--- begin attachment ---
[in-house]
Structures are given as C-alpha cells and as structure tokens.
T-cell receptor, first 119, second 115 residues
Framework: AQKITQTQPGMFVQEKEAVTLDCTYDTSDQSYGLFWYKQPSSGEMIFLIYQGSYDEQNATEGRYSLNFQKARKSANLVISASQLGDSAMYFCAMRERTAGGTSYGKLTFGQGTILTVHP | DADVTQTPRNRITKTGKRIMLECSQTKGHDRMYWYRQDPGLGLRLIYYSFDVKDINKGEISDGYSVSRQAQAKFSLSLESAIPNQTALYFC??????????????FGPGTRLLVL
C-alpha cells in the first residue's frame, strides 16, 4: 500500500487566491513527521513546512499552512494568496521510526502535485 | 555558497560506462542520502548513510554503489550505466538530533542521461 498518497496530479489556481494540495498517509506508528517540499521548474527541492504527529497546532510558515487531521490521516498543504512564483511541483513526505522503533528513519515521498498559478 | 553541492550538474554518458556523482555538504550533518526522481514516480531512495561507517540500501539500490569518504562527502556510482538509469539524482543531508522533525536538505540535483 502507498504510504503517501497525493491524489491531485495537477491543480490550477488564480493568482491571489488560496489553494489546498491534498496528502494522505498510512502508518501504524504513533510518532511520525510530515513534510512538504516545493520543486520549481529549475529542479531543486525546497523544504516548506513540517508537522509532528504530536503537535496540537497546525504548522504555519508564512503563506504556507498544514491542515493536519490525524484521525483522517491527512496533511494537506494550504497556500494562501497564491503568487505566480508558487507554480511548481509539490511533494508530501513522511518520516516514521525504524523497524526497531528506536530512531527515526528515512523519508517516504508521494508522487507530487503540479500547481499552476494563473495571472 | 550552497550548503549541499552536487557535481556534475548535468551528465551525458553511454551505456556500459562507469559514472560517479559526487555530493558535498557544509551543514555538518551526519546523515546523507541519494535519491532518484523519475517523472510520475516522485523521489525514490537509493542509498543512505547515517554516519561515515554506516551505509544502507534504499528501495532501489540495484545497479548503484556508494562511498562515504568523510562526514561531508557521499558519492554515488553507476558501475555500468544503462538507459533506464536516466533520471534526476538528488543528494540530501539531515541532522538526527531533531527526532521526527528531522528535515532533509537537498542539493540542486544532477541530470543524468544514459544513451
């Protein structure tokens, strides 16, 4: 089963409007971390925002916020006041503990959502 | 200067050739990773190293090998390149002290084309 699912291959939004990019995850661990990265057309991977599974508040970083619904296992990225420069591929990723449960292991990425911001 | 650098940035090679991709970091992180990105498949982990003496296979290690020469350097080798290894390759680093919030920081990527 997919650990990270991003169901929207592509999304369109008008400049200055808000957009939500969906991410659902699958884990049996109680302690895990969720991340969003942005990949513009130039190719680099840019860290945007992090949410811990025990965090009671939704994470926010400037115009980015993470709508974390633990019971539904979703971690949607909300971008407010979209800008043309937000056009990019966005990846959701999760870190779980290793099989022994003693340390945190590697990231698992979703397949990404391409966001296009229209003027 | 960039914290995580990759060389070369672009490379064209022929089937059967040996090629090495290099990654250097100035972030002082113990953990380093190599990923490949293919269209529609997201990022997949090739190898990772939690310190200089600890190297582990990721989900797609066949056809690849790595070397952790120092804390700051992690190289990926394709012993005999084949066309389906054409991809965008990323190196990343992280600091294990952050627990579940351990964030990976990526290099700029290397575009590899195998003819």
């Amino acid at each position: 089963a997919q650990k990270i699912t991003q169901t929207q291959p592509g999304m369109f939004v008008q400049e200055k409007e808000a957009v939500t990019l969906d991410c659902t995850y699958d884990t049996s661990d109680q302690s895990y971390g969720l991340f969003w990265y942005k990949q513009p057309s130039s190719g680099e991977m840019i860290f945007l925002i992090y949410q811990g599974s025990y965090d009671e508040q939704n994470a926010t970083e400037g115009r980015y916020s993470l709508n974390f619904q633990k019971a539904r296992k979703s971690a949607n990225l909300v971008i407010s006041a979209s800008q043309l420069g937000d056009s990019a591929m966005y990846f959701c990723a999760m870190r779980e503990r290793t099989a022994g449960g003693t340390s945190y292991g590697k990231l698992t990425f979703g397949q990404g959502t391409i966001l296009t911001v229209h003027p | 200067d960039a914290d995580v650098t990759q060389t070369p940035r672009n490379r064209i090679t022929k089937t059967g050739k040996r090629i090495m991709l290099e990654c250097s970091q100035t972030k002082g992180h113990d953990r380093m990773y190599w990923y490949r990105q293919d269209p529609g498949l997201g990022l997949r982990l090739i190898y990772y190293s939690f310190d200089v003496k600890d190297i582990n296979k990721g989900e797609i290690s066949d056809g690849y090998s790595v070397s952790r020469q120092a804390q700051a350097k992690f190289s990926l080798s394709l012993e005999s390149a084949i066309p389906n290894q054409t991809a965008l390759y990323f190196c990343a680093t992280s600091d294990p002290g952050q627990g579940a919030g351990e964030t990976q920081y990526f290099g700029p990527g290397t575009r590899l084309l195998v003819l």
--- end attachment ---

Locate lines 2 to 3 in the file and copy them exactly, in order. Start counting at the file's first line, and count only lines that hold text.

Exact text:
Structures are given as C-alpha cells and as structure tokens.
T-cell receptor, first 119, second 115 residues